ON SALE! Photoshop Brushes & Texture Sets - The Art of Aaron Blaise (creatureartteacher.com)

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New Here ,
Apr 08, 2021 Apr 08, 2021

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Hello! Thank you for the very indepth answer. I think this is just another case of me not using Photoshop correctly. 

I was working on a splatter pattern, and was using a Kyle's Spatter- Supreme Spatter brush on Clear to erase some of the pattern in a nice random way. I found though that by going in the Brush Settings and playing around with the Brush Tip Shape and Spacing setting for the Spatter Brush, I was able to get more of an effect I was looking for. Unfortunately as I mentioned, in Brush Settings I now have hundreds of seemingly random options, making it very difficult to at least browse my options.

 

I think I might just end up buying more splatter themed brushes and use those instead, because someone else already did all that work for me and a much better job of it. 

 

Thanks again for your help though, it definitely helped me better understand what I was working with!

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Adobe Community Professional ,
Apr 08, 2021 Apr 08, 2021

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No, you are doing exactly what you should do.  Edit existing presets (especially presets from a master like Kyle Webster) and look through the settings to understand how he gets his effects.  What you need to do with your editerd preset is to save it as a new preset with Include Brush Settings ticked.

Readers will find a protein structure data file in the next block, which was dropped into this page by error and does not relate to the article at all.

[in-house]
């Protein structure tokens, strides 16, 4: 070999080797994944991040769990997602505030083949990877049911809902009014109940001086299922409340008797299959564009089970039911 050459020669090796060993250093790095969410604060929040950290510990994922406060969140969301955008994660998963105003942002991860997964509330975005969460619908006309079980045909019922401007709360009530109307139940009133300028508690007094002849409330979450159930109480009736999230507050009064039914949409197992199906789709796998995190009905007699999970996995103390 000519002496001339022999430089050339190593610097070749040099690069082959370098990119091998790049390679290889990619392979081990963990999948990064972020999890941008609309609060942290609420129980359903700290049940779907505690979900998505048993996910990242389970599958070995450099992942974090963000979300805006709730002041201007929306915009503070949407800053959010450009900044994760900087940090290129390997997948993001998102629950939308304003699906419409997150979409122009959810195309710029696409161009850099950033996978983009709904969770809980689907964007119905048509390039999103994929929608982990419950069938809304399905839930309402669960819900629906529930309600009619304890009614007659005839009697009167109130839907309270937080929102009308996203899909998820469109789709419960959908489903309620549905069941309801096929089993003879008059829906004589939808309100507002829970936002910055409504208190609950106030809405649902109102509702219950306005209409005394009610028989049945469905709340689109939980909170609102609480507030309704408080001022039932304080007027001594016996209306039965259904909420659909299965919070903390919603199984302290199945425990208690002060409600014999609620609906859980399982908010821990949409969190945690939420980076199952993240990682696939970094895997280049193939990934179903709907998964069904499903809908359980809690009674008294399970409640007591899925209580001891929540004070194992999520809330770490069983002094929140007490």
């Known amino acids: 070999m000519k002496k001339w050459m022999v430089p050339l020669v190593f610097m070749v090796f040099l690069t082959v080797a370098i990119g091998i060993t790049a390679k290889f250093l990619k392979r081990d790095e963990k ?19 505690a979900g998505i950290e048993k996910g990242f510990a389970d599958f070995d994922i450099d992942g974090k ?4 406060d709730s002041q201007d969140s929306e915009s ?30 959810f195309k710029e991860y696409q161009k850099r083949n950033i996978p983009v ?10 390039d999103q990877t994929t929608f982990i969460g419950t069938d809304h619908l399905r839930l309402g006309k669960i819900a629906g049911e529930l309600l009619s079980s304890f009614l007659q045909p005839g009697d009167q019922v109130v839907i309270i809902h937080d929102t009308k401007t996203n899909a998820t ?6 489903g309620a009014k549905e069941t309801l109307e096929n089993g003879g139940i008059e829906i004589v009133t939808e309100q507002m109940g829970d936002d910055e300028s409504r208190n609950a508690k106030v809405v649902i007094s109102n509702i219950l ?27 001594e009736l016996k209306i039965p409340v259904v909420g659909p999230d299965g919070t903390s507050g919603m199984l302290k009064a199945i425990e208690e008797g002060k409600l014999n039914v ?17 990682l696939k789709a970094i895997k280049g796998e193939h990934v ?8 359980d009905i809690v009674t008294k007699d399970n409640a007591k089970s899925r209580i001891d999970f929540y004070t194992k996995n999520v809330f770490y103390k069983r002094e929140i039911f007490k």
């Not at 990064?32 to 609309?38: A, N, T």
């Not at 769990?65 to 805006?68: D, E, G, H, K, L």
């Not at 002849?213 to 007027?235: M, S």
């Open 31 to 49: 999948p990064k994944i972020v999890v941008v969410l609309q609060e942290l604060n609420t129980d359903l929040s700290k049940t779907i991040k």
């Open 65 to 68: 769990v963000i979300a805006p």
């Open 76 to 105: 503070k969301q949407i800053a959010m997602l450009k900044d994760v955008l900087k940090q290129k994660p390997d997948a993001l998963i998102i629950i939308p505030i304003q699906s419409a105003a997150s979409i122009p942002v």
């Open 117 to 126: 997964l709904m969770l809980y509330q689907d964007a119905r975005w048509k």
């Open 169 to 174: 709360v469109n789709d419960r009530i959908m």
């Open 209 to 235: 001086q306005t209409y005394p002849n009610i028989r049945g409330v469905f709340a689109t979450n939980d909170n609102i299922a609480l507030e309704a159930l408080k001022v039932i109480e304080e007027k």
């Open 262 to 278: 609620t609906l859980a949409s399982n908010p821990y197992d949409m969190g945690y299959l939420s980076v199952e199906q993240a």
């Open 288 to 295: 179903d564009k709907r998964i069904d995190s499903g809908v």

To keep things tidy, select your custom new group before saving your new preset. This will save you having to hunt it down from where it is burried among Kyles hundreds of presets.  And don't forget to give your new presets meaningful names so you can search for them in ten years time.  And also don't forget that you can rename existing presets to make easier to search for.  I _try_ to keep to about 100 .abr files but that will amount to thousands of presets.  You can only search for presets that are open in the right click panel, but you can also rename the .abr files just using your operating system, to make them easier to find.

 

Do you know where to find the .abr files?

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New Here ,
Apr 08, 2021 Apr 08, 2021

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Hello,
I'm not really having a problem with saving new presets or grouping, my issue is I'm trying to figure out how to organize the Brush Tip Shape section so it's not a seemingly random and unorganized mess so it's way easier to navigate when I want to edit/create brushes.

 

The big issue is that there are multiples of the same Brush Tip Shape in there, but the settings (like size) are different.  As I mentioned,  a Brush Tip Shape (not an actual Brush preset) called "Grut - PT Pebbles 03" is 30 spots away from "Grut - PT Pebbles 02", and if they were organized alphabetically, they'd at least be beside each other so I could navigate my options better. 

Screen Shot 2021-04-08 at 11.06.28 PM.png

You can see from this picture here, the scroll bar still has more! There are multiple Brush Tip Shapes called "rec strip" and they are not beside each other. It just makes browsing them almost impossible.